For The People

Stricter enforcement for selling of second hand tyres on the cards

This is, if newly launched advocacy organisation Part Worn Africa has its way. The organisation is calling for the development and enforcement of stronger regulations governing the slae of part-worn and second hand tyres on the African continent.

According to a statement Part Worn Africa is campaigning that part-worn and second-hand tyres be universally and rigorously regulated according to stringent standards and specifications in the same vein as those which originally manufactured tyres are held to.

“There are inadequate legislative and regulatory frameworks and an absence of minimum safety and quality standards in South Africa that describe what may constitute a safe-to-use second-hand or part-worn tyre,” says the organisation.

The organisation argues that lives are lost due to the inability to enforce stricter safety and quality standards such as those applied to new tyres. Part Worn Africa stated that South African road users be it drivers, passengers, commuters or pedestrians are susceptible to “unsafe, ill-suited and illicit part-worn tyres” that may be cheaper, but in reality are dangerous and may lead to deaths.

According to the organisation South Africa has one of the highest number of fatalities from road crashes in the world at 25.1 per 100 000 of the population compared with other BRICS countries like Brazil, Russia, India and China.
“Unscrupulous operators take advantage of porous tyre waste disposal processes to gather ‘stock’ for resale, while others resell tyres rejected from other countries outside Africa because they are no longer fit for use. This makes them dangerous, a fact further compounded by these tyres often being ill-suited to Africa’s climate and road conditions,” explains Part Worn Africa director Abdul Waheed Patel.

In the Northern Cape many outlets are selling part-worn and second hand tyres. Mobile tyre repair and fitment businesses have mushroomed in townships across the province and they are selling these tyres , without informing the vehicle owner about the possibility that it may have been re-grooved.

According to Patel safety certification for a part-worn or second-hand tyre is imperative. “There are inherent limits and thresholds beyond which a used tyre can be reconstituted and repurposed safely beyond its original lifespan. Once these limits have been reached, tyres should be safely disposed of in accordance with regulated tyre waste management practice,” he stated.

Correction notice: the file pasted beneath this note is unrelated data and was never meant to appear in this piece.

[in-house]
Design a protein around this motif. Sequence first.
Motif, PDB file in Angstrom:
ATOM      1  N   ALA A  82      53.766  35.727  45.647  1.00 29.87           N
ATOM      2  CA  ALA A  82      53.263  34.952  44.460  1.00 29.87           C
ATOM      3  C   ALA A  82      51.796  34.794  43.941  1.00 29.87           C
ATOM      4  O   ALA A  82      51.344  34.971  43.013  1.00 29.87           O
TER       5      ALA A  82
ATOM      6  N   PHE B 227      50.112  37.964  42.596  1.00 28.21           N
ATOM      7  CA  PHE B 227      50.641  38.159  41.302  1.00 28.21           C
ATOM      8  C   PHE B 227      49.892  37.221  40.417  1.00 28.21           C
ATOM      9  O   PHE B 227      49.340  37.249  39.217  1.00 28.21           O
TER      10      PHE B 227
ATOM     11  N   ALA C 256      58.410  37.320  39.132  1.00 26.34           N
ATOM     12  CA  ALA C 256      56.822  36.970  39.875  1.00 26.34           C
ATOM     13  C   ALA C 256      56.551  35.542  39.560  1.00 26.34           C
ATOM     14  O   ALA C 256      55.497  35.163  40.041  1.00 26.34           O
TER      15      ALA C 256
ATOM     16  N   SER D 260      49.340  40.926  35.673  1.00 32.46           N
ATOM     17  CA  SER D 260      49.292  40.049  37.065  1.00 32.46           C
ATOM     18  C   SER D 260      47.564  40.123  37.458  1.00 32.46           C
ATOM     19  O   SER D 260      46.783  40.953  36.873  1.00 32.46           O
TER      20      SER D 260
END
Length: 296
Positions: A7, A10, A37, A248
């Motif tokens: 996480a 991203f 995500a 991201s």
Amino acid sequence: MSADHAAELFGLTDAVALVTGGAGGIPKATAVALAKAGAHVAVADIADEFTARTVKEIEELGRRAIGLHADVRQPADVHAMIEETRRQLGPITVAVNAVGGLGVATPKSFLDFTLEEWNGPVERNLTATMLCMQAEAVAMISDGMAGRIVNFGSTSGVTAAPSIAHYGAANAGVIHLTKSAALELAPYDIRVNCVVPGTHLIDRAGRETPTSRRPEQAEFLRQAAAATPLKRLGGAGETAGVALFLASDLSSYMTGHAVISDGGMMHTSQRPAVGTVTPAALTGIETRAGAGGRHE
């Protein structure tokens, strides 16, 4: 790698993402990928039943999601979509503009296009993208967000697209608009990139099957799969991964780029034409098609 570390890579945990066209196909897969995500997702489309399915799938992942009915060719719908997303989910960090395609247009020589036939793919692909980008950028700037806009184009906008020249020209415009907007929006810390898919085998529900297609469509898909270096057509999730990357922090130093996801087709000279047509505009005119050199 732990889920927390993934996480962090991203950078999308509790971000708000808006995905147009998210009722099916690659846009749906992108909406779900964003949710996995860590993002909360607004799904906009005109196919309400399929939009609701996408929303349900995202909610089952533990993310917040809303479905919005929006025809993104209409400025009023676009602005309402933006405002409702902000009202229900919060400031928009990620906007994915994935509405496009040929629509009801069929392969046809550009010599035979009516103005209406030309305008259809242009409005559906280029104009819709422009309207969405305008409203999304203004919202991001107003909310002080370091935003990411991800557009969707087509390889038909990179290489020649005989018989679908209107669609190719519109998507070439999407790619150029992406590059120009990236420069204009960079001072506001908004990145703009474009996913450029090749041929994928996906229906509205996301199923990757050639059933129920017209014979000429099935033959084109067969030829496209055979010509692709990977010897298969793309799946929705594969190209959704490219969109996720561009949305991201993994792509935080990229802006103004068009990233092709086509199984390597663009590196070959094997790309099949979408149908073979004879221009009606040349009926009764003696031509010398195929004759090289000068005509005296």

Manufacturer of passenger car, SUV, truck and bus radial tyres, Sumitomo Rubber South Africa (SRSA) has partnered with Part Worn Africa as part of its ongoing commitment to tyre and manufacturing safety. “The use of second-hand tyres, where the buyer has no knowledge of the tyre’s age or repair history – together with the illegal and highly dangerous practice of ‘re-grooving’ tyres to create greater tread depth – are a significant cause for concern within South Africa’s informal tyre sector,” says SRSA CEO Riaz Haffejee.

SRSA’s latest Used Tyre Survey, which collects data by visiting various second-hand tyre dealers in South Africa, reveals that, in 2017, 58% of tyres sampled were illegal or previously repaired and, therefore, not fit for use on the road. This stood at 61% for the year to date as at end of August 2018.

Motorists are urged to be vigilant when purchasing tyres as no controls currently exist that govern the condition of second-hand tyres being sold. A social media video that circulated earlier this year showed how some dealers regroove the tyres themselves. “This creates the impression that a tyre’s grooves are sufficiently deep, when the tyre is, in fact, damaged and dangerous,” said Haffejee.

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